But the leopard was not so happy. He kept coming back to the fox’s den and shouting: ‘Isn’t my jacket ready yet?’
The fox put him off with various excuses, until all the meat had gone, and then he said, ‘You are a much bigger animal than I am, Leopard, so I’m afraid I shall need more than six sheepskins for your coat. Will you bring me three more sheep tomorrow? Then I think I can finish making it.’
The leopard was getting a little suspicious by now, but off he went and killed three more sheep, and brought them back to the fox.
Now the family could eat their fill again, and they all feasted happily until the meat had gone. But the fox was beginning to regret his behavior, as he knew the leopard would want to be revenged when he found out that there was to be no sheepskin jacket after all, for he had no idea how to sew.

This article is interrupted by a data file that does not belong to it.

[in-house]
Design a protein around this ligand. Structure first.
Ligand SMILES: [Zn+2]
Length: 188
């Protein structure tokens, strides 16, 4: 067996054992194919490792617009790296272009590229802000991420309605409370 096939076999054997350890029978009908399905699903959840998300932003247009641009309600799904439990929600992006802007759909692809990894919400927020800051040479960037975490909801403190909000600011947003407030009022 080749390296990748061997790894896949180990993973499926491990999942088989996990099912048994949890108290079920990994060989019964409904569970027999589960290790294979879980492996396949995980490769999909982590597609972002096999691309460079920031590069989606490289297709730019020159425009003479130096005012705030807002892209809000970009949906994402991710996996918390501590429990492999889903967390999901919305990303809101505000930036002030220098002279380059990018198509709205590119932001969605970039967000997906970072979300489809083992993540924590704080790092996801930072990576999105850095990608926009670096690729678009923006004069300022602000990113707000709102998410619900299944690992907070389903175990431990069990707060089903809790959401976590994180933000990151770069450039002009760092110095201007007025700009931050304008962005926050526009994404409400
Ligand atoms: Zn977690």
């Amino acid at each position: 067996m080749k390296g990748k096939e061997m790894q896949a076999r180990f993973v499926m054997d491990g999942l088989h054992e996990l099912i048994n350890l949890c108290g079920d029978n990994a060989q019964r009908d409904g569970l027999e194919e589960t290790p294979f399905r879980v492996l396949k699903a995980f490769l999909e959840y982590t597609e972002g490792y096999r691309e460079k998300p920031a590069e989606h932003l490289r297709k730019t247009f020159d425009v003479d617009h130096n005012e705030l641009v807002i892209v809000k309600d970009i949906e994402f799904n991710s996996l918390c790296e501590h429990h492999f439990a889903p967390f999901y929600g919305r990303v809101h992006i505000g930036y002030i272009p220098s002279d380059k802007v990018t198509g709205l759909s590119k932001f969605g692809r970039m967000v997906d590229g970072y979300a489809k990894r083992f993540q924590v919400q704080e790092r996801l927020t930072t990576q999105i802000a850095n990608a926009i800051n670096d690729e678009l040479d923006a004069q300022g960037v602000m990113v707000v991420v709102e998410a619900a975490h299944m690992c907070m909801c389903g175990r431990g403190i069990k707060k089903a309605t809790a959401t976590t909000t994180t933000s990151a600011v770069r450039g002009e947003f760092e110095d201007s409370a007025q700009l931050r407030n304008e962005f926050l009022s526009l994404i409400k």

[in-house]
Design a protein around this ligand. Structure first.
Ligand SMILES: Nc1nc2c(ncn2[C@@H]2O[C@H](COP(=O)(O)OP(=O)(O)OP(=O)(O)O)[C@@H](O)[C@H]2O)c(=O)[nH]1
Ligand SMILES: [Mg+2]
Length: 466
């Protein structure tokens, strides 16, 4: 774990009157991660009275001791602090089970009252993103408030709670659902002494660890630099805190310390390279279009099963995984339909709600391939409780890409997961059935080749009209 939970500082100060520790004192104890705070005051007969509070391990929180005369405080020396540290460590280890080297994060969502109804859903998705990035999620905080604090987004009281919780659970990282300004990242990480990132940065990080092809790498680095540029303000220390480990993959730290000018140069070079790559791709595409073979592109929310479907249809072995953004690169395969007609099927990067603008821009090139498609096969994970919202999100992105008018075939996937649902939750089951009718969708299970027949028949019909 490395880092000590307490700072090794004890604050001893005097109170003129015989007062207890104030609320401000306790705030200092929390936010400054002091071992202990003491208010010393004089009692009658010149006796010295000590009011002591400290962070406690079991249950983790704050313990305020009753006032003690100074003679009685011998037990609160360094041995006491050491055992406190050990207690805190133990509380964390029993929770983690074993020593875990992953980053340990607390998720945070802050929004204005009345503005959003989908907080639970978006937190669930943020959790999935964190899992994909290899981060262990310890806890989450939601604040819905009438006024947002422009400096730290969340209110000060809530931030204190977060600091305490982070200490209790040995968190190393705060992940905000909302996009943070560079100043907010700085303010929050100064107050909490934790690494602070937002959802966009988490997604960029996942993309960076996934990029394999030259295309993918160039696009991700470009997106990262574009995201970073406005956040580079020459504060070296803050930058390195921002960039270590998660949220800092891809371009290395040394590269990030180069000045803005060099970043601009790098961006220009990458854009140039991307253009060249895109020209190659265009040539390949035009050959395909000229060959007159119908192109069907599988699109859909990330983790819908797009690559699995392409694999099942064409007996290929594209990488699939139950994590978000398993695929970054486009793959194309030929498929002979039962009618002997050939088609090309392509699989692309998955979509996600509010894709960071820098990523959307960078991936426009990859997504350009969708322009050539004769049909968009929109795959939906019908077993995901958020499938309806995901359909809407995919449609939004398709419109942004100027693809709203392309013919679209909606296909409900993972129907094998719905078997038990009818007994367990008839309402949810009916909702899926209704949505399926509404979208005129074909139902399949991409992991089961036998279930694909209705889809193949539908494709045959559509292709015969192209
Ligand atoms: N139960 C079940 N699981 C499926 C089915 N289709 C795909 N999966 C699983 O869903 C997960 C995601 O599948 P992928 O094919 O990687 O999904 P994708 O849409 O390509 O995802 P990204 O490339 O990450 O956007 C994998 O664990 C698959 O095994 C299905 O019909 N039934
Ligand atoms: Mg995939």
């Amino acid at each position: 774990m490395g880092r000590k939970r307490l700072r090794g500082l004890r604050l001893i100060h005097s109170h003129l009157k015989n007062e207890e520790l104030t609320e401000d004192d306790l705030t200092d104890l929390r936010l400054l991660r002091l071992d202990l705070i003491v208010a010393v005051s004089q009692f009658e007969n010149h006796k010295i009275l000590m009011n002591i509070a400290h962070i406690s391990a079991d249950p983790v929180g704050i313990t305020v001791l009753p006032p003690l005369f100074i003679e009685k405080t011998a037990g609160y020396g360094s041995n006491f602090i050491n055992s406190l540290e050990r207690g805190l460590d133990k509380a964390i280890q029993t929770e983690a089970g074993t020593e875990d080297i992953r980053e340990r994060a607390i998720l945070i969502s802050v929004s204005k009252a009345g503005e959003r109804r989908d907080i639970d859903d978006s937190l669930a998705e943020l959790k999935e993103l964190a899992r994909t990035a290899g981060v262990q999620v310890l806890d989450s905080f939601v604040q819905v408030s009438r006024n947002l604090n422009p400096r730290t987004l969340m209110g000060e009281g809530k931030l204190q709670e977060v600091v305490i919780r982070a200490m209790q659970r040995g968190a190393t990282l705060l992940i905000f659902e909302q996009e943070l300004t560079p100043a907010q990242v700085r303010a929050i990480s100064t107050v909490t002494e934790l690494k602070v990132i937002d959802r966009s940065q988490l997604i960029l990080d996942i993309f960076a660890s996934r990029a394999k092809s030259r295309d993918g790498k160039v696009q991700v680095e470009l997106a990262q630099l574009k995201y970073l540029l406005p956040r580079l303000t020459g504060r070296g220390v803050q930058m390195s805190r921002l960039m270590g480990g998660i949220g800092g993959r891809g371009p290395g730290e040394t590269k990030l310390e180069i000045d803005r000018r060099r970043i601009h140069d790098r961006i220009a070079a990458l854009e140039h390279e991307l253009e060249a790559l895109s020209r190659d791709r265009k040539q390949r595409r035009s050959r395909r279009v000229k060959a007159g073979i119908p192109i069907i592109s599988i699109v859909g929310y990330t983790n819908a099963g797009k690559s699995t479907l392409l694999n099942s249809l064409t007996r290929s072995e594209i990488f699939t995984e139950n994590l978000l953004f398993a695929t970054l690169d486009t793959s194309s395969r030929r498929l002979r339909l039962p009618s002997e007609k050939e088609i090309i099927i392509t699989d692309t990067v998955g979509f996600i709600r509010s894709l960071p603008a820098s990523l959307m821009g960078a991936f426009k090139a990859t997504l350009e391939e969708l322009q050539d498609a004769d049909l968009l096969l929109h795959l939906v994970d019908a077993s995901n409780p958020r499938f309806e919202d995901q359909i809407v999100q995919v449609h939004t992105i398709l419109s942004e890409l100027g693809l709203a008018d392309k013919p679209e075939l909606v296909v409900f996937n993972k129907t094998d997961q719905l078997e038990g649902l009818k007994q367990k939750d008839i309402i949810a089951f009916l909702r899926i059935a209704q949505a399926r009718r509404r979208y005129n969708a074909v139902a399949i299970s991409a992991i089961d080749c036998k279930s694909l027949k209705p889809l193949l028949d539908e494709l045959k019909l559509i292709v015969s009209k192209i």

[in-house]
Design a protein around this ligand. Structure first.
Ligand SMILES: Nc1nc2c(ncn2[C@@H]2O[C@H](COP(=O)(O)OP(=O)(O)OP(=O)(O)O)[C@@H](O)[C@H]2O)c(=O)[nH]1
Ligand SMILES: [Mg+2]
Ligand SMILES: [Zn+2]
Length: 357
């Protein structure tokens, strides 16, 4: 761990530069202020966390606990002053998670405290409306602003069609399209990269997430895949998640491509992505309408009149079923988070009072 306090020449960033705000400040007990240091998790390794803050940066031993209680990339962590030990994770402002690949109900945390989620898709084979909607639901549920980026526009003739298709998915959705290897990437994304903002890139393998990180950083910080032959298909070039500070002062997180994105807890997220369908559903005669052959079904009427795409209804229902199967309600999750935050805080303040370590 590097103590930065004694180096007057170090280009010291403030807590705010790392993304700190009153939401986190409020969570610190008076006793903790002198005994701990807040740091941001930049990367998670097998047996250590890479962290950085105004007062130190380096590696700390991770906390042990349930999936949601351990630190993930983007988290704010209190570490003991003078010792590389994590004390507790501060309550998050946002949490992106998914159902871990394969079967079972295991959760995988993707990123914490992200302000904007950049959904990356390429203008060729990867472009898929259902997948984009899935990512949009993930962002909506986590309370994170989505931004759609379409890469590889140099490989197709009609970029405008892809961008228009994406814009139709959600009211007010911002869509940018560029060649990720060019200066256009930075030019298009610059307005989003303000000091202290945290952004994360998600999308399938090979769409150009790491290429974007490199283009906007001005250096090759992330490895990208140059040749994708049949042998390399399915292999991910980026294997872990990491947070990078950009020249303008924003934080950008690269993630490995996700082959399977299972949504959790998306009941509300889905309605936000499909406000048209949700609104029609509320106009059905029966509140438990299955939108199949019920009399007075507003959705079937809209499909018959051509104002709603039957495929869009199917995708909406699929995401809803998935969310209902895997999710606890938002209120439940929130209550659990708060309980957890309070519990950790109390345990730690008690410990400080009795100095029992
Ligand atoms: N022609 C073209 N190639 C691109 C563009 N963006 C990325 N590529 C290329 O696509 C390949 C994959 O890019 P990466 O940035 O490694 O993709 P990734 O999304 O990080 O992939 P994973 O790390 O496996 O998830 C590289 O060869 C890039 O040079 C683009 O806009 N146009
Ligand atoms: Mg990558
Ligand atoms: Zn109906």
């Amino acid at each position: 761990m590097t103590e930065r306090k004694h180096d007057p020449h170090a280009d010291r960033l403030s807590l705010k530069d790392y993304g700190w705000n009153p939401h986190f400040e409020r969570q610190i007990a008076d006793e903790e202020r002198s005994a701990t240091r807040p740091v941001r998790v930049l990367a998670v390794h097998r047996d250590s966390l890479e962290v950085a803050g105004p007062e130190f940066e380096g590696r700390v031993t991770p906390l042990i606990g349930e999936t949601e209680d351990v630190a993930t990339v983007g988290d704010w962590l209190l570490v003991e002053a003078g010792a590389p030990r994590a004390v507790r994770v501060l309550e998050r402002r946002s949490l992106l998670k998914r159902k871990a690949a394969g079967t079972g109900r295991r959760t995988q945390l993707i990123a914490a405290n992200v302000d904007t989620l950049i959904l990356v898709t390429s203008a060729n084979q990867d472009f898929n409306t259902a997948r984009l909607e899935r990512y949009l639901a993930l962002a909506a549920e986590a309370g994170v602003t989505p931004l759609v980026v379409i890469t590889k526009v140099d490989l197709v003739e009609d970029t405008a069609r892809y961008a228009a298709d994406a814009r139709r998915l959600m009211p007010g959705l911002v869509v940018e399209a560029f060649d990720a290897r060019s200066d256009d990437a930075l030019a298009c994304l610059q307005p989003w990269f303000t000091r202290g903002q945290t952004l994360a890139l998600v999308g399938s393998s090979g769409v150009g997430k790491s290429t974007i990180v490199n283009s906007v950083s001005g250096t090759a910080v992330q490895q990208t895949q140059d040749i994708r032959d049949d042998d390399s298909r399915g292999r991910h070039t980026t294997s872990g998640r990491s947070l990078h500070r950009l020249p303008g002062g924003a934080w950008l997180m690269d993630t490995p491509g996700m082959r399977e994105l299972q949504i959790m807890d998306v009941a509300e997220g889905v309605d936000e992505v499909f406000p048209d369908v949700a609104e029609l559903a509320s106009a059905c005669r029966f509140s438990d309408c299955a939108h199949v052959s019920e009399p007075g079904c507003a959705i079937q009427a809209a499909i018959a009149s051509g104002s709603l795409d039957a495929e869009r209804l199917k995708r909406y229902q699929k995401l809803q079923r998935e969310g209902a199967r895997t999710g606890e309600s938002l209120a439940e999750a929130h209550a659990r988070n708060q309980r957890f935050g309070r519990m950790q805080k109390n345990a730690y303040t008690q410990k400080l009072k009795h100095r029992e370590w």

He began to go hunting in a different part of the country, and always looked around carefully to make sure the leopard was nowhere near when he went in or out of his hole. When he did meet the leopard he made excuses about the jacket, saying that he had run out of thread, or just broken his needle; he even pretended that he was not the fox who had eaten the sheep, and since all foxes are very much alike, the leopard could not be sure which was which.
But at last the leopard knew that he had been tricked, and he decided that it was time to get even with the fox.